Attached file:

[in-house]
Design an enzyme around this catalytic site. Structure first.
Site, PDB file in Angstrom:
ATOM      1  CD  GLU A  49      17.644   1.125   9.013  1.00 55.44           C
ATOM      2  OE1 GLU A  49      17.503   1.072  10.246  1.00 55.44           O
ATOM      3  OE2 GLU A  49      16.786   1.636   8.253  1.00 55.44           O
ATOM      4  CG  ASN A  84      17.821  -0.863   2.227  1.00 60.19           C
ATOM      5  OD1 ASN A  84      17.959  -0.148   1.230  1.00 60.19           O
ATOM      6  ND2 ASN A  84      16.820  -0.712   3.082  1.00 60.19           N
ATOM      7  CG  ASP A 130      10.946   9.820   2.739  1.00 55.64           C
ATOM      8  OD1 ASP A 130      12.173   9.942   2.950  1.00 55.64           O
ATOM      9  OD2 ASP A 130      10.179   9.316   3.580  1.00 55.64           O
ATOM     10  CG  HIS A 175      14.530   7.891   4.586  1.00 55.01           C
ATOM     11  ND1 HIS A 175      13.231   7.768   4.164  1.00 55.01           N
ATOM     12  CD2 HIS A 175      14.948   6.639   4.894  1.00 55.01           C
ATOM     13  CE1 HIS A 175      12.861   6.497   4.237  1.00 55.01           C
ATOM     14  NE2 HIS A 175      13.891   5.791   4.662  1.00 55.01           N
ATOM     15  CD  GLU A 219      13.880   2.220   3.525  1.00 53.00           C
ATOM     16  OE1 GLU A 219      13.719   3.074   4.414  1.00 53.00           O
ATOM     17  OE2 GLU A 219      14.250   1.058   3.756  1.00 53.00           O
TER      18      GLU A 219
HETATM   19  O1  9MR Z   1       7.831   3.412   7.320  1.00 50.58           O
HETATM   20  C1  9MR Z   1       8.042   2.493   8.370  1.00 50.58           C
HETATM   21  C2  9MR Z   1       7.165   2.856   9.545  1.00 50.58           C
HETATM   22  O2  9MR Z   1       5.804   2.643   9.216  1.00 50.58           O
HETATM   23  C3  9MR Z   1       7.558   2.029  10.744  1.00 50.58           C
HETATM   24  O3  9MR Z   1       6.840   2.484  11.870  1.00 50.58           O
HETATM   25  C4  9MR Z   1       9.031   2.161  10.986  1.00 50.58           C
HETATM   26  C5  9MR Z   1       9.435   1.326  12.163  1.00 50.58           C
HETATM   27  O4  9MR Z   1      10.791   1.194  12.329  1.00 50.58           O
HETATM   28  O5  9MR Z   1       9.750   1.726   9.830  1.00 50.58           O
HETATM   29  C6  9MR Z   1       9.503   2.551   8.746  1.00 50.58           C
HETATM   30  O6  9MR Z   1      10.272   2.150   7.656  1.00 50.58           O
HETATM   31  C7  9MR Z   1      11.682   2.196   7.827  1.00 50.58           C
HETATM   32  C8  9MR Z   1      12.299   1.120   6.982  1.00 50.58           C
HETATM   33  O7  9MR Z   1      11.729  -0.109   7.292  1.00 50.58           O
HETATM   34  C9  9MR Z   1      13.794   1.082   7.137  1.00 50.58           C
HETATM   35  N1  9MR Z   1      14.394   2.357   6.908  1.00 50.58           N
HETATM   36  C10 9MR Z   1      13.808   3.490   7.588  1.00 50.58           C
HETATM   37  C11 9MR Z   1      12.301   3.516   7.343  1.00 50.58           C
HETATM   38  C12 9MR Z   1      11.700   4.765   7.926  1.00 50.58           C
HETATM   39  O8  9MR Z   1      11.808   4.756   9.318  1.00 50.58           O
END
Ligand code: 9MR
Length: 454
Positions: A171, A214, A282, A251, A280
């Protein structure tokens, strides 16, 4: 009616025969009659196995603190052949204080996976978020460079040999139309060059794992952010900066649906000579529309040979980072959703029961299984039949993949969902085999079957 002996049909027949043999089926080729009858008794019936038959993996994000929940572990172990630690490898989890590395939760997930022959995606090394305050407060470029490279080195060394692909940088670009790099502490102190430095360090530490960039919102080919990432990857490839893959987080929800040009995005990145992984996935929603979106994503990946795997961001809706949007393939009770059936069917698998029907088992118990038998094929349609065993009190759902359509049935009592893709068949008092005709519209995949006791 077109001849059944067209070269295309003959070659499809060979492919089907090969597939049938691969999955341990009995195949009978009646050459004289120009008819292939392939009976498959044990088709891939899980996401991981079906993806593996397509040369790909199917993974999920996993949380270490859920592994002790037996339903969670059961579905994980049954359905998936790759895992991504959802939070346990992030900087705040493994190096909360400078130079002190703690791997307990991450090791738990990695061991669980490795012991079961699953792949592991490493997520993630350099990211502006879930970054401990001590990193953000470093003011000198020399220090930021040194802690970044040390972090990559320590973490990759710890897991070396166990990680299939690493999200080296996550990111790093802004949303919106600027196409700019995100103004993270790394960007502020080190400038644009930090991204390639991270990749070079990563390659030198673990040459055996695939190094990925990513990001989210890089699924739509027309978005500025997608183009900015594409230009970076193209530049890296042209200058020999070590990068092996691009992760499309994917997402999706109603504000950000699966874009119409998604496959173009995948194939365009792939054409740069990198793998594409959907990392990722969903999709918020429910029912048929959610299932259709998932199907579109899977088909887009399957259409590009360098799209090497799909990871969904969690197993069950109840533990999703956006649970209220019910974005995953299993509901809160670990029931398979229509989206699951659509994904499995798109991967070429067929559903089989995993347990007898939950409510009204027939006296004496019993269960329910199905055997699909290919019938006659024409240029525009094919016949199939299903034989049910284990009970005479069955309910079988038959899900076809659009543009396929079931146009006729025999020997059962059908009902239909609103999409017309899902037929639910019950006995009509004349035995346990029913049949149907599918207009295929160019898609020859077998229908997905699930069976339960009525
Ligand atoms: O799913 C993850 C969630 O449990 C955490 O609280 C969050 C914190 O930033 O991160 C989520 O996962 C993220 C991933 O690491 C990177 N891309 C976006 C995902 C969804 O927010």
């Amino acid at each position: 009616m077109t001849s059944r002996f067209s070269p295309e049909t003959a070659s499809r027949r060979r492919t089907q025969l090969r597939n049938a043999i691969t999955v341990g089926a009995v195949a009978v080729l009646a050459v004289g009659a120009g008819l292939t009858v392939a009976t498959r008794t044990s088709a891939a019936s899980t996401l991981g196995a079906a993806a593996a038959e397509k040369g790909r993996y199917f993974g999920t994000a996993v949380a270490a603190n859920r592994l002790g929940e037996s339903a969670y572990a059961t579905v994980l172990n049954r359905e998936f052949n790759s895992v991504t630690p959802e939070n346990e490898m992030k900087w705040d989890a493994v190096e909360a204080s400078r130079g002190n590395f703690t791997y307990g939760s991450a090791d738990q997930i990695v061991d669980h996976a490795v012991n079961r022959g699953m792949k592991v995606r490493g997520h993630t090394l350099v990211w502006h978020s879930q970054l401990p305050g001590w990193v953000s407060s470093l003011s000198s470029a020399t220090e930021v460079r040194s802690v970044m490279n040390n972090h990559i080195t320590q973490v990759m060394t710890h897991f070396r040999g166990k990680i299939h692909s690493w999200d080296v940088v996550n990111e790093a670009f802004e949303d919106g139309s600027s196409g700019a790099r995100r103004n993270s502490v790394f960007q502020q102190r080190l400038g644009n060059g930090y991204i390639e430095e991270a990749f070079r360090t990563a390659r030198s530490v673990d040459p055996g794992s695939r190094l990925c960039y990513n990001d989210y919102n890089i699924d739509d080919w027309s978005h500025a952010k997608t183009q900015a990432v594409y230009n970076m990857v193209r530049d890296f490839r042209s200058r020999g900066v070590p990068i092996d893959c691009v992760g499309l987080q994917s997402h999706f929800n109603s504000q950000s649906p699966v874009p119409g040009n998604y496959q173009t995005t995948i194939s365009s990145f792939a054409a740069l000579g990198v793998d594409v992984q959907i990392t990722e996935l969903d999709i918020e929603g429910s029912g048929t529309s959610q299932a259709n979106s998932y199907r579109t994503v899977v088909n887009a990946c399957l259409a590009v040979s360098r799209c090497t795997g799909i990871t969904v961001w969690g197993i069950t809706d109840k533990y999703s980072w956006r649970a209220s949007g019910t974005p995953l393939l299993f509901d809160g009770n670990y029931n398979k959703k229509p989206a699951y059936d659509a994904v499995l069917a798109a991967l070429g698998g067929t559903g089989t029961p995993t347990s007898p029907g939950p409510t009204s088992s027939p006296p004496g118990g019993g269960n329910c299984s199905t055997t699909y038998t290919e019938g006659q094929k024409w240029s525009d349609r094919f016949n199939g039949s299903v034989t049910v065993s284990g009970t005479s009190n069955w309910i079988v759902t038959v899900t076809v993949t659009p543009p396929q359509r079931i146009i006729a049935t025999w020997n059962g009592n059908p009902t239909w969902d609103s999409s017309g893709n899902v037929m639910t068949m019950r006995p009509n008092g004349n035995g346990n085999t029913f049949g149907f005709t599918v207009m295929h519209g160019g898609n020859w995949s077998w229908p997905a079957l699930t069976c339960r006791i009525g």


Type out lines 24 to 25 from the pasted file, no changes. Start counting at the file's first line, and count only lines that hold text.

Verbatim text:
HETATM   21  C2  9MR Z   1       7.165   2.856   9.545  1.00 50.58           C
HETATM   22  O2  9MR Z   1       5.804   2.643   9.216  1.00 50.58           O